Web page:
US 8099893 B2
In a first step, it is proposed that tunable transmitters and detectors (receivers) be included in a detection system and that a narrowband, preferably variable frequency signal be used in order to determine the frequencies for optimum injection into the electronics of a target. When the detection system identifies these frequencies, destruction can be initiated in the second step of the invention for a transmitter or receiver which is communicating with the target. For this purpose, once the optimum frequencies have been determined, a high-power signal is transmitted into the local area of the target at the specific/determined frequency. The evaluation unit, which is integrated in the detection system, controls the transmission frequencies, evaluates the harmonic signals, selects the optimum frequencies for an attack, and controls and checks the attack process.
1. A device for permanent disturbance/destruction of communication between a transmitter and a receiver of an electronic system of a target, said device comprising: a detection system for detecting the electronic system of the target; and means for destroying the electronic system, wherein the detection system selects a variable frequency range for the detection and subsequent destruction of the electronic system so that the frequency range includes both theoretical limits for back-door coupling in the transmitter and front-door frequencies of the receiver of the target that are typical for the communication systems, and wherein the detection system determines a solid angle to the target, and the destroying means includes a transmitter that emits a broadband signal for destroying or attacking the target at determined frequencies and in the defined solid angle.
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11. A method for the permanent disturbance/destruction of communication between a transmitter and a receiver of an electronic system of a target, the method comprising: a first step of detecting the electronic system of the target; and, a second step of destroying electronics of the electronic system, the detecting step including selecting a variable frequency range for the detection and subsequent destruction of the electronic system so that the frequency range includes both theoretical limits for back-door coupling in the transmitter and front-door frequencies of the receiver of the target that are typical for the communication systems, and wherein the detecting step further includes determining a solid angle to the target using a detection system, and the destroying step includes emitting a broadband signal from a transmitter for destroying or attacking the target at determined frequencies and in the defined solid angle.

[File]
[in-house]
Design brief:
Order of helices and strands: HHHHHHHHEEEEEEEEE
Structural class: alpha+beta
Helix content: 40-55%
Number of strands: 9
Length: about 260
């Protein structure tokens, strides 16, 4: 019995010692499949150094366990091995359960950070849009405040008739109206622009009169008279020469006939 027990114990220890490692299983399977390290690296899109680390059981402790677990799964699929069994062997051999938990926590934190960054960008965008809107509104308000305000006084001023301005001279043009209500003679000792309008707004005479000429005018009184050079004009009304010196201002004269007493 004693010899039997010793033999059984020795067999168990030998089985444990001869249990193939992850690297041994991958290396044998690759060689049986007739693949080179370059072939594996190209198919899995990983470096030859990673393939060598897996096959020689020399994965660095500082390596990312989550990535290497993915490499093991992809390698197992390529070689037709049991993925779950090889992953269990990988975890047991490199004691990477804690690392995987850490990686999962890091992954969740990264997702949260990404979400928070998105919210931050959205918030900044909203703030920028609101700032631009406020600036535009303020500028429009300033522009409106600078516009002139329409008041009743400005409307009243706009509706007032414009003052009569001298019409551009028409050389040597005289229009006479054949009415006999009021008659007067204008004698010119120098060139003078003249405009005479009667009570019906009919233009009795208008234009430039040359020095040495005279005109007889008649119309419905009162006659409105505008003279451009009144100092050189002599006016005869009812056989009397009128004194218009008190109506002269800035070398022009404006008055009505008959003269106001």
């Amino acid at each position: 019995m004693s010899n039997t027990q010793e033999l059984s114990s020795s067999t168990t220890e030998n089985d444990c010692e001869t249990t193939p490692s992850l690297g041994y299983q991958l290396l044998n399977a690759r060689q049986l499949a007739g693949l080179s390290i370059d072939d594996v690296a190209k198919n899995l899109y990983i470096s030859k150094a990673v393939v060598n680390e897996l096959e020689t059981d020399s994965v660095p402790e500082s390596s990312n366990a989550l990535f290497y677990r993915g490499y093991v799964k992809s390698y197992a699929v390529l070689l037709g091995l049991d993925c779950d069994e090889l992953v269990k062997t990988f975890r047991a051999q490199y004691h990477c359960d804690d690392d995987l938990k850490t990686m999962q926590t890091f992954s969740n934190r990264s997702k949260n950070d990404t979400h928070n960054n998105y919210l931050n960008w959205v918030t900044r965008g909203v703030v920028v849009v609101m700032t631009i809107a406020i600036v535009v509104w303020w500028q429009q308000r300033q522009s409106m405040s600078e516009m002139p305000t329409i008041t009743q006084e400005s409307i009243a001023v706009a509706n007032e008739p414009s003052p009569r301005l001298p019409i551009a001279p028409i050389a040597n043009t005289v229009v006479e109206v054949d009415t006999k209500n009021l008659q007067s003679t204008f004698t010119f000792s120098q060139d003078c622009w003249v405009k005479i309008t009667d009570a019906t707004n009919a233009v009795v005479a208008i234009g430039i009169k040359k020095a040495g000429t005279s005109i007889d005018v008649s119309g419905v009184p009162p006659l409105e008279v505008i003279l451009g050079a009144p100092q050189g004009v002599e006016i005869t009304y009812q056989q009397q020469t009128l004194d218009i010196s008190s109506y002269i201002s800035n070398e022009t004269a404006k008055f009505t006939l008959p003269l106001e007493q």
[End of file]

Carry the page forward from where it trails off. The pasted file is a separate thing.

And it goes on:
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The invention concerns a method by which permanent disturbance/destruction of a transmitter or a receiver, for example, as a component of an IED (Improvised Explosive Device), is possible, so that triggering at the receiver end can be prevented.
IED's are devices that usually consist of four major groups of components: a trigger for electrically triggering the device, a safe and arm unit, explosives, alone or combined with poisonous chemicals, toxic biological materials or radiological material, and an effector. Radio-controlled triggering units, so-called RCIED's, are usually used for triggering the internal electric trigger.
A well-known method and a well-known device for interfering with a line of communication between at least one transmitter and at least one receiver involves the use of jamming transmitters (jammers). The function of a jammer generally consists in interfering with all of the receivers within its effective range. To this end, an interfering signal of sufficient strength, for example, a noise signal with no information content, is superposed on a useful signal transmitted between transmitter and receiver to mask the useful signal and prevent it from being used by the receiver. However, for example, as soon as the interference range of the jammer is exceeded, the danger of triggering is again present. Furthermore, a jammer does not transmit continuously but rather intermittently.
The objective of the invention then is to specify a method and a device that make it possible to create a permanent interruption between a transmitter and a receiver interacting with it.